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Great chain of being

  The great chain of being or scala naturæ is a classical and western medieval conception of the order of the universe, whose chief characteristic is a strict hierarchical system.

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The chain of being is composed of a great number of hierarchical links, from the most basic and foundational elements up through the very highest perfection, in other words, God, or the Prime Mover.

God, and beneath him the angels, both existing wholly in spirit form, sit at the top of the chain. Earthly flesh is fallible and ever-changing: mutable. Spirit, however, is unchanging and permanent. This sense of permanence is crucial to understanding this conception of reality. One does not abandon one's place in the chain; it is not only unthinkable, but generally impossible. The hierarchy is a chain and not a ladder. (One exception might be in the realm of alchemy, where alchemists attempted to transmute base elements, such as lead, into higher elements, either silver, or more often, gold—the highest element.)

In the natural order, earth (rock) is at the bottom of the chain; these elements possess only the attribute of existence. Moving on up the chain, each succeeding link contains the positive attributes of the previous link, and adds (at least) one other. Rocks, as above, possess only existence; the next link up, plants, possess life and existence. Beasts add not only motion, but appetite as well.

Man is a special instance in this conception. He is both mortal flesh, as those below him, and also spirit. In this dichotomy, the struggle between flesh and spirit becomes a moral one. The way of the spirit is higher, more noble; it brings one closer to God. The desires of the flesh drag one down. The Christian fall of Lucifer is especially terrible, because that angel is wholly spirit, who yet defies God, the ultimate perfection.

Other subdivisions

Each link in the chain might be further divided into its component parts. In medieval secular society, for example, the king is at the top, followed by the aristocratic lords, and then the peasants below them. Solidifying the king's position at the top of humanity's social order is the doctrine of the Divine Right of Kings. In the family, the father is head of the household; below him, his wife; below her, their children. The children might be subdivided so that the males are one link above the females.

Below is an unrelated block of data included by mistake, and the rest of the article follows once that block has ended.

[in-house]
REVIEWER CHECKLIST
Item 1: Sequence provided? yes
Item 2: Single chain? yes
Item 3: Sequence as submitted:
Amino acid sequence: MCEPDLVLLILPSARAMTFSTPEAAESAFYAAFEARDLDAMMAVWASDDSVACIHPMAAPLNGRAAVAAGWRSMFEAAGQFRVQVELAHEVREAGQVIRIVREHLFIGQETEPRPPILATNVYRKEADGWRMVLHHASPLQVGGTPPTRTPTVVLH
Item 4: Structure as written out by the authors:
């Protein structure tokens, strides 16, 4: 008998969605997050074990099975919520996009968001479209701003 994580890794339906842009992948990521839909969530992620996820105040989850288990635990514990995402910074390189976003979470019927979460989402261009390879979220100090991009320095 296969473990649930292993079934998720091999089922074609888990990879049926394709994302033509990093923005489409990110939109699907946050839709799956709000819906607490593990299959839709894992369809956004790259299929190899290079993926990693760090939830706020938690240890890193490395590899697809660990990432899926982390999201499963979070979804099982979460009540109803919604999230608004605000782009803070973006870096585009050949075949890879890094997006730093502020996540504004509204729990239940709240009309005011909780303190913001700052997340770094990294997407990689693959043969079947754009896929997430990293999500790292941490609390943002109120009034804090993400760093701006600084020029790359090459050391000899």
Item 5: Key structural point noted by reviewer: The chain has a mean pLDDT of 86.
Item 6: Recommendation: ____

Modern western culture maintains some of these divisions. Just as Milton's Paradise Lost ranked the angels (c.f. Pseudo-Dionysius the Areopagite's ranking of angels), so Christian culture conceives of angels in orders of archangels, seraphim, and cherubim, among others. The lion is still king of light.

Amongst animals, subdivisions are equally apparent. At the top of the animals are wild beasts, who were seen as superior as they defied training and domestication. Below them are domestic animals, further sub-divided so that useful animals (such as dogs and horses) are higher than docile creature such as sheep. Birds are also sub-divided, with eagles above pigeons, for example. Fish come below birds, and are sub-divided between actual fish and other sea creatures. Below them come insects, with useful insects such spiders and bees, and attractive creatures such as ladybirds and dragonflies at the top, and unpleasant insects such as flies and beetles at the bottom. At the very bottom of the animal sector are snakes, which are relegated to this position as punishment for the serpent's actions in the Garden of Eden.

Below animals comes the division for plants, which is further sub-divided. Trees are at the top, with useful trees such as oaks at the top, and the traditionally demonic yew tree at the bottom. Food-producing plants such as cereals and vegetables, further sub-divided.

At the very bottom of the chain are minerals. At the top of this section are metals (further sub-divided, with gold at the top), rocks (with granite and marble at the top), soil (sub-divided between nutrient-rich soil and low-quality types), sand, grit, dust, and, at the very bottom of the entire Great Chain, dirt. A reference to the Great Chain of Being that survives in today's English language is the insult that one is "lower than dirt," which refers to dirt's place at the bottom of the Chain.

The central concept of the chain of being is that everything imaginable fits into it somewhere, giving order and meaning to the universe.


  • Arthur Lovejoy: The Great Chain of Being: A Study of the History of an Idea, (1936) ISBN 0-674-36153-9
  • E. M. W. Tillyard: The Elizabethan World Picture (1942)
  • William F. Bynum, "The Great Chain of Being after Forty Years: An Appraisal", History of Science 13 (1975): 1-28

See also

This article is licensed under the GNU Free Documentation License. It uses material from the Wikipedia article "Great_chain_of_being". A list of authors is available in Wikipedia.
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